Kids at risk of myopia may need to spend less time on electronic devices, says study on rapidly increasing global rates of short-sightedness.
Half the world's population will be short-sighted by 2050 with many at risk of blindness, says a study on the rapidly increasing prevalence of myopia.
The researchers estimate that it will affect 55.1 per cent of the Australasian population by then, up from 19.7 per cent in 2000, if current trends continue.
The rapid increase of myopia and high myopia is widely considered to be largely driven by people spending less time outdoors and more time on "near based activities" including using electronic devices.
The findings point to a major public health problem, say the authors from Brien Holden Vision Institute, University of New South Wales Australia and Singapore Eye Research Institute.
Their systematic review and meta-analysis study, published in the journal Ophthalmology, included data from 145 studies.
Myopia is a common cause of vision loss, with uncorrected myopia the leading cause of distance vision impairment globally.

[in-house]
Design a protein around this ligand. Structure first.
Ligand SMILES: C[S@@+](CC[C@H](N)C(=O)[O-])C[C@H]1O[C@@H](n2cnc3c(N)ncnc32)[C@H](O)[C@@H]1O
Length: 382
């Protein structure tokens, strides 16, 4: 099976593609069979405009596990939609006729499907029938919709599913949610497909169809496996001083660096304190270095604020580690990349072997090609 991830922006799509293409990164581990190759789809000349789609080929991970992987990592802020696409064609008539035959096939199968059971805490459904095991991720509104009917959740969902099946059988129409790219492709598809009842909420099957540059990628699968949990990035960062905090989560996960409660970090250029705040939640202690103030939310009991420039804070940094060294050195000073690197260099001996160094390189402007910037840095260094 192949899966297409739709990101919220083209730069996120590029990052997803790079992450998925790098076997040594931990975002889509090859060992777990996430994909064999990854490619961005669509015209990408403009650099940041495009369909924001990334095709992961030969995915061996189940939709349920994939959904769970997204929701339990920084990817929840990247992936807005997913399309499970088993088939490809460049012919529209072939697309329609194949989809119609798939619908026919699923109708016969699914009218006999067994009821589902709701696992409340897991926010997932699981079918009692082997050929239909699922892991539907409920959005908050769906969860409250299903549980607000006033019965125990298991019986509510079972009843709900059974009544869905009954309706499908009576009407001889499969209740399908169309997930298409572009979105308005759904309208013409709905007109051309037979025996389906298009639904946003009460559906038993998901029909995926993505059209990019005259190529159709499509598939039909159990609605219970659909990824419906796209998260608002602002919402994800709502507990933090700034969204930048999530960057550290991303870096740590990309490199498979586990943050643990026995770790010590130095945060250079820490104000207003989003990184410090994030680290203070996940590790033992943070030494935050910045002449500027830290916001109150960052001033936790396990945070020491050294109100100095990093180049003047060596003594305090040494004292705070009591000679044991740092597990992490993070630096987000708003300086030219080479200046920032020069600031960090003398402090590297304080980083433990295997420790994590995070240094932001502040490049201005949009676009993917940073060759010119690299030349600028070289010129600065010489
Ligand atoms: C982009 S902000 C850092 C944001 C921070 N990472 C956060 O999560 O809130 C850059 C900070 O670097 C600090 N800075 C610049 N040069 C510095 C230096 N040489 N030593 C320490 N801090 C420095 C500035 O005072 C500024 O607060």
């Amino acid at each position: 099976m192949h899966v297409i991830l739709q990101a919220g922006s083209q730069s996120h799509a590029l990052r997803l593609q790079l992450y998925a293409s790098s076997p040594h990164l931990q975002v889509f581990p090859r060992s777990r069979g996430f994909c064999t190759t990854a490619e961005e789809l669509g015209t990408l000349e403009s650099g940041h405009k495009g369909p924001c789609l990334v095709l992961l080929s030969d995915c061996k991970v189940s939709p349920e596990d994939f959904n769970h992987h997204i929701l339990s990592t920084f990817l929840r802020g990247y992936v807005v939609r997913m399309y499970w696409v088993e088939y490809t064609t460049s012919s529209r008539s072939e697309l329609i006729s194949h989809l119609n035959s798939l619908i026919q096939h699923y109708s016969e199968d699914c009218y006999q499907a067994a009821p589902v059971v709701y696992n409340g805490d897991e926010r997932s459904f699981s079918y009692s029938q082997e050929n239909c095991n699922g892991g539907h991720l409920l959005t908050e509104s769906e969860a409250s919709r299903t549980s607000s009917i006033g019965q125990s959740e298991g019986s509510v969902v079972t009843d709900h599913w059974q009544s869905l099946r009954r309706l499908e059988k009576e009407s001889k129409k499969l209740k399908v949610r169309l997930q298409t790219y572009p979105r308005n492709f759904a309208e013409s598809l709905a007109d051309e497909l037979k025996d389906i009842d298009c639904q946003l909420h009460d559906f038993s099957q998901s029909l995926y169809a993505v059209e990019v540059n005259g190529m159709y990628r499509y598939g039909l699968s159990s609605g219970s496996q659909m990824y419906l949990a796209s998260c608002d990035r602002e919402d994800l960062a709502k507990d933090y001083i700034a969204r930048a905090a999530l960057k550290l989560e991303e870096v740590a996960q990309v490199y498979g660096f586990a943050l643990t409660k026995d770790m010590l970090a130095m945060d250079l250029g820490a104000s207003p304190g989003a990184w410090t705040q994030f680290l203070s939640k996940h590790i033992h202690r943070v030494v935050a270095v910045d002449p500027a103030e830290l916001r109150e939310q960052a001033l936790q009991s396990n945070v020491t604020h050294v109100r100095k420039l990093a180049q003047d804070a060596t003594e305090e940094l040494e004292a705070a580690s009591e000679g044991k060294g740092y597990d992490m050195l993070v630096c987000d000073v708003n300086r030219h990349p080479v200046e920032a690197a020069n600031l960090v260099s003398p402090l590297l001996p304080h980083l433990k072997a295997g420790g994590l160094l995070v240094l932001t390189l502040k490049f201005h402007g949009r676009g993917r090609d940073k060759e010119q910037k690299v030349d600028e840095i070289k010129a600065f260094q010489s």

The researchers estimated that 49.8 per cent of the world's population, nearly five billion people, will be short-sighted by 2050.
Up to one-fifth of them will be at a significantly increased risk of blindness if current trends continue.
The number with vision loss from high myopia is expected to increase seven-fold from 2000 to 2050, with myopia to become a leading cause of permanent blindness worldwide.
Planning for comprehensive eye care services is needed to manage the rapid increase, as is development of treatments to control the progression of myopia, the authors said.
"We also need to ensure our children receive a regular eye examination from an optometrist or ophthalmologist, preferably each year" said co-author Professor Kovin Naidoo.
If found at risk, preventative strategies can be used such as increasing time outdoors and reducing time spent on near based activities requiring constant focusing up close.
"Furthermore, there are other options such as specially-designed spectacle lenses and contact lenses or drug interventions but increased investment in research is needed to improve the efficacy and access of such interventions," he said.
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